The only child of two Bronx-based professionals, Washington had a socially conscious upbringing. She tells Kamp that at 13 she was taken to Yankee Stadium to see the newly freed Nelson Mandela speak, and upon turning 18, she recalled, “my becoming a voting citizen was celebrated the way other people would celebrate a Sweet 16. My parents took me out to dinner, and we talked about who I was going to vote for.” She also says that she took up swimming as a child because her parents told her it was the one sport in which proficiency might mean the ability to save a life.

Washington tells Kamp that some of the best actor training she ever had was as a teen safe-sex advocate, performing self-written sex-ed sketches with an educational troupe in schools and community centers: “We would stay in character after the show, and the audience would interact with us. It taught me the importance of really understanding everything about who you’re playing, because you never knew what question was going to come.”

[From Vanity Fair]

Kerry is a really interesting young woman, isn’t she? I hope that little girls (of all colors) find her to be an inspirational woman. I love the voting age story – I wish I had parents like that! Kerry is a college graduate too – she went to George Washington University, and she double-majored in anthropology and sociology. Anyway… I really need to start watching Scandal. I have the first season DVDs, I just haven’t had the time to watch them. I will get on it, I promise.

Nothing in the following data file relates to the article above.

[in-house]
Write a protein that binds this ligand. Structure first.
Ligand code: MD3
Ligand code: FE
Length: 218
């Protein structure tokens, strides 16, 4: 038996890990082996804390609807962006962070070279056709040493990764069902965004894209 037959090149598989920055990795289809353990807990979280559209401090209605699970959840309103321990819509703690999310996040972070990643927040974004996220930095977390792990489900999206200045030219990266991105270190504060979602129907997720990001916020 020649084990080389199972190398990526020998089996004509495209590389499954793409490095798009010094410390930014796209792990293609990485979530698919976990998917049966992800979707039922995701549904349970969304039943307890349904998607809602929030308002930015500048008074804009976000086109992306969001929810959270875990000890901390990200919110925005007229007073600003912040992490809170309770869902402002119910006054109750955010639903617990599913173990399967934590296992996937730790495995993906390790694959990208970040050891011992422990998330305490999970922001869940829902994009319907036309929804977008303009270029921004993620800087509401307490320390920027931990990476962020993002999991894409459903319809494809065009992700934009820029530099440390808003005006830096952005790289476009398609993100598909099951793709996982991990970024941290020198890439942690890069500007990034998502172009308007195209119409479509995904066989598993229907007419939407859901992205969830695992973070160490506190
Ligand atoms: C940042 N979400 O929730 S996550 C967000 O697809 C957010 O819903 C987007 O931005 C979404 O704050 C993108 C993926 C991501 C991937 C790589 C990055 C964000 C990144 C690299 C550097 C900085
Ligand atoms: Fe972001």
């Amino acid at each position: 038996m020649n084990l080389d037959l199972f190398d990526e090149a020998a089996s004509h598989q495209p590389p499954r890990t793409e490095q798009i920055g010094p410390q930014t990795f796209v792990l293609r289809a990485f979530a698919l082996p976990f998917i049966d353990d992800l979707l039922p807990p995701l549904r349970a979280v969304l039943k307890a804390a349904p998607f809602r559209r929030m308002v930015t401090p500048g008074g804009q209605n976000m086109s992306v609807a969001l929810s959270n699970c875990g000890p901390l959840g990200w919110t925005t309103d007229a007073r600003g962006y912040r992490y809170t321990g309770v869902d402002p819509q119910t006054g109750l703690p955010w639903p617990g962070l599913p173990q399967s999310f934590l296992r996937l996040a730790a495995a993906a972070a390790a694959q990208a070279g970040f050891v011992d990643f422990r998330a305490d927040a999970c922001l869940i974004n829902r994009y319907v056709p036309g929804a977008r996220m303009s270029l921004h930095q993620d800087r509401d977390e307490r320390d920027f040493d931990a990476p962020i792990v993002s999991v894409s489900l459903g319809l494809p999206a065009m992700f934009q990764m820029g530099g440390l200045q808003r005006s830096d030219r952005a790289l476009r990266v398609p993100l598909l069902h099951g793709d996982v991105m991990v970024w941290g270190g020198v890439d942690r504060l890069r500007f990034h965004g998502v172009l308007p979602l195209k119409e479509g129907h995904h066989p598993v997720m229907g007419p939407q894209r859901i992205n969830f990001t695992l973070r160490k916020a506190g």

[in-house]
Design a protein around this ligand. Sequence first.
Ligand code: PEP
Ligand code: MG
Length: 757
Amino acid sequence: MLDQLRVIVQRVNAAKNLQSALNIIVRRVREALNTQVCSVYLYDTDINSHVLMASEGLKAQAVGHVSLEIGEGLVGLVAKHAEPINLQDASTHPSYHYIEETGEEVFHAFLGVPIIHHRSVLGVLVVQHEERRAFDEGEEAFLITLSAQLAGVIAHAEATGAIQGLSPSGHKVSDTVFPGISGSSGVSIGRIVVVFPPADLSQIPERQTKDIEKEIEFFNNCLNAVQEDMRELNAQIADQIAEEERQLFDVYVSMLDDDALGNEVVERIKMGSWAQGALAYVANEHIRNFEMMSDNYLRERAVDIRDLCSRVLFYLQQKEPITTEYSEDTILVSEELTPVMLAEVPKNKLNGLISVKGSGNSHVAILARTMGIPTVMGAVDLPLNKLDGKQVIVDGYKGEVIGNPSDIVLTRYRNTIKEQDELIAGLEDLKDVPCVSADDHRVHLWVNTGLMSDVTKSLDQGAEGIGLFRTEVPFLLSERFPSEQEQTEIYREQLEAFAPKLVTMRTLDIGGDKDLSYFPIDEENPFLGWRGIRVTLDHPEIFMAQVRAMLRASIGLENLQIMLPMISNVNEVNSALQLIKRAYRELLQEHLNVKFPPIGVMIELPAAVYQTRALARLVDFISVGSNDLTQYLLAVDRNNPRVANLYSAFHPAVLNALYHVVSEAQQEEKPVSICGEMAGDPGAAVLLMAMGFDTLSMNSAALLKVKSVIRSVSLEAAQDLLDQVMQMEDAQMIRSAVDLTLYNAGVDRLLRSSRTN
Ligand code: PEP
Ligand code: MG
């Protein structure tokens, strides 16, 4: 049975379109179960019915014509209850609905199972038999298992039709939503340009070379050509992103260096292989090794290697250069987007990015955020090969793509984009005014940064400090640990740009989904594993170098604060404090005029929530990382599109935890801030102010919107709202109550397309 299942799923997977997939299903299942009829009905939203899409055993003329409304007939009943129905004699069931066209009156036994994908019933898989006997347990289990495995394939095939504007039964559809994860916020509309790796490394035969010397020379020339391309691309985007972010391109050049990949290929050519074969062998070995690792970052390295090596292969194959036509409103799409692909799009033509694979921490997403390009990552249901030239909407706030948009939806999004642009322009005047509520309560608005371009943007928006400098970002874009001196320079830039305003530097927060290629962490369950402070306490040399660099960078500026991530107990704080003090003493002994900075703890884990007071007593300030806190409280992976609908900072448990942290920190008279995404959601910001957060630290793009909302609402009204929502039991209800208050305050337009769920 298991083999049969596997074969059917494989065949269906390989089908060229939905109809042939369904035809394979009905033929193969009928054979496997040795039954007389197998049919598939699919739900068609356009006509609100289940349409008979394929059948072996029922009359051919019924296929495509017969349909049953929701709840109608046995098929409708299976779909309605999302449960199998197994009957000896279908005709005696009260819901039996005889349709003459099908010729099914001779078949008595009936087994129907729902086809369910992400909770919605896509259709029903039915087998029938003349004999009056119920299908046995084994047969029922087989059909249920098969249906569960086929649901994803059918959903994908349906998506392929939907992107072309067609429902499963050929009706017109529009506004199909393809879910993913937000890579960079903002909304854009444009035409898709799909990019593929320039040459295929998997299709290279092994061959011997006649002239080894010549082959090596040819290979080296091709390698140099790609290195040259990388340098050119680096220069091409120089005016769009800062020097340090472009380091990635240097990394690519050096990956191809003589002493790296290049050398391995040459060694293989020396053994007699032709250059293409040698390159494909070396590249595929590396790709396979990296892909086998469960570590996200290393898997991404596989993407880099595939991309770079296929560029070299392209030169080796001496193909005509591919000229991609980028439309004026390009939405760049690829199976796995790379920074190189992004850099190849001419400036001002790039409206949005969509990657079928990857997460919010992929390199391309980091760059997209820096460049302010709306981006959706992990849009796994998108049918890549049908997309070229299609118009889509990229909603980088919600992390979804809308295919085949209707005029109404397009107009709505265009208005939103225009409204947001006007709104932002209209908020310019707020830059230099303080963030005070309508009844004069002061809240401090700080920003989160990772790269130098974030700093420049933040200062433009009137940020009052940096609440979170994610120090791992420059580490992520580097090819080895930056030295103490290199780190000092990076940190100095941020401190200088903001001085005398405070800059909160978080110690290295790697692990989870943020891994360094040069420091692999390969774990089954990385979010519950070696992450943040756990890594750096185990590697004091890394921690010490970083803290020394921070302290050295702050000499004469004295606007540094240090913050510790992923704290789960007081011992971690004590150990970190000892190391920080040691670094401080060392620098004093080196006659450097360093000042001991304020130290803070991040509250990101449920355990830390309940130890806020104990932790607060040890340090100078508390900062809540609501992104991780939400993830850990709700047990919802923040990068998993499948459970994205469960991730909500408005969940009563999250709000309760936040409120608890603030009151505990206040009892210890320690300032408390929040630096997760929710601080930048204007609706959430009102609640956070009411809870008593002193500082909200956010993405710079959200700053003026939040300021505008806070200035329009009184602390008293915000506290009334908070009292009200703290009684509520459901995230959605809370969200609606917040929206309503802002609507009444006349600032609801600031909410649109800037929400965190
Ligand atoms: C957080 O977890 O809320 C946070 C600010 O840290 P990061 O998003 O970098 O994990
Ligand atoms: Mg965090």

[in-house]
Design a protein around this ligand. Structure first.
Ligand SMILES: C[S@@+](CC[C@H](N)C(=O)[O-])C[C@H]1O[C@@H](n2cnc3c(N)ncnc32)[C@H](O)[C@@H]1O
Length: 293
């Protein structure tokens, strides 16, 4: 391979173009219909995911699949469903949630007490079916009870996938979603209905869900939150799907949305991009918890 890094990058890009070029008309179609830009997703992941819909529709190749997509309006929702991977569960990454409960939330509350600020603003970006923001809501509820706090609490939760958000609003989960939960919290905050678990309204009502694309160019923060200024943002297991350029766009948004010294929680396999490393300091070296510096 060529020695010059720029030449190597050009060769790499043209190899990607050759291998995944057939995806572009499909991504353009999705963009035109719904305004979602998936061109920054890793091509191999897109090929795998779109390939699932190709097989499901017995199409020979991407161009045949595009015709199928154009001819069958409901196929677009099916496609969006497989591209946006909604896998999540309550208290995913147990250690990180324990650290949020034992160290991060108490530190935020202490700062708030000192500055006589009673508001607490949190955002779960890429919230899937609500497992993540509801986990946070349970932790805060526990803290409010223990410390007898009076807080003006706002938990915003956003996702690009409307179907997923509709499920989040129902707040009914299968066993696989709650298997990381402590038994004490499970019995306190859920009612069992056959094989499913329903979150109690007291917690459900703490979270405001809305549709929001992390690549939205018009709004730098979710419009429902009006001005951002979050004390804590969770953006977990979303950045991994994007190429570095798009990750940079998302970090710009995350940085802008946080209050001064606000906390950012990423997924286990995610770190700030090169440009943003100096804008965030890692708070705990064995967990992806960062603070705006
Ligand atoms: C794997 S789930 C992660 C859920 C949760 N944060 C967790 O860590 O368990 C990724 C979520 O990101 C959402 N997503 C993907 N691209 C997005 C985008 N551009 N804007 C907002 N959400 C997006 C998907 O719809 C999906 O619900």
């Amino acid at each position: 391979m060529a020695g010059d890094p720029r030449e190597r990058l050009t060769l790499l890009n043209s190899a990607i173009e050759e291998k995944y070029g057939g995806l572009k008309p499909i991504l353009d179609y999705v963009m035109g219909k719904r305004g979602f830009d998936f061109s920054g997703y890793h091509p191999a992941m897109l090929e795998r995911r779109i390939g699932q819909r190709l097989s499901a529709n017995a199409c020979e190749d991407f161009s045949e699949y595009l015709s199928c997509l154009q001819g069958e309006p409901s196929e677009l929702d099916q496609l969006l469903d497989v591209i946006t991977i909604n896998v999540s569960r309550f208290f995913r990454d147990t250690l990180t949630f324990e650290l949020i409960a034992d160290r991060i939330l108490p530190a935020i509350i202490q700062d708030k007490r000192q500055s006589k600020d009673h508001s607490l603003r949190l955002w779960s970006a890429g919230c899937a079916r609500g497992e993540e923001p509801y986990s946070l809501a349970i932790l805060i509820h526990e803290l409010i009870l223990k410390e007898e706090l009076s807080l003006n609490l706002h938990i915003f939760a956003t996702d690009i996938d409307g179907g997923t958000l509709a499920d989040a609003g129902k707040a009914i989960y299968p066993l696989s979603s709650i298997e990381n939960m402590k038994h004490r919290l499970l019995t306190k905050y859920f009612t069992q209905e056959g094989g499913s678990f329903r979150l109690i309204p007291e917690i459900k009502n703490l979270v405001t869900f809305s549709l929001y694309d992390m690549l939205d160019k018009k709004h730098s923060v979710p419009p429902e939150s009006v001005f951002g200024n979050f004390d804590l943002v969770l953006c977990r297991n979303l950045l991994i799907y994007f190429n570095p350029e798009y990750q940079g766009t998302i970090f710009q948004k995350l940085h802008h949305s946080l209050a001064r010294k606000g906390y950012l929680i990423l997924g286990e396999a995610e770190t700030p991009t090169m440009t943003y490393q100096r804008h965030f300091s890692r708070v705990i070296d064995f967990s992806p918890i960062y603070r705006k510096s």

Cover courtesy of Vanity Fair, additional photos by WENN.

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81 Responses to “Kerry Washington covers VF, says ‘white women’ love Scandal’s Olivia Pope”

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  1. marie says:

    Scandal is an awesome tv show. Kerry as Olivia Pope is fantastic.

    my parents were the same about voting. I went with my mom and dad, cast my vote and then went out and had a huge dinner. I think I still have that picture somewhere.

    • ncboudicca says:

      My mother used to take me into the booth with her and would explain which person she was voting for and why…and then she would explain why her choices were different from my father’s. :-)

    • V4Real says:

      I took my son with me when I placed my vote for the presidency last year; he was so excited.

      As for Kerry she is a beautiful talented actress and Scandal along with Revenge is two of my guilty pleasures.

    • Myrto says: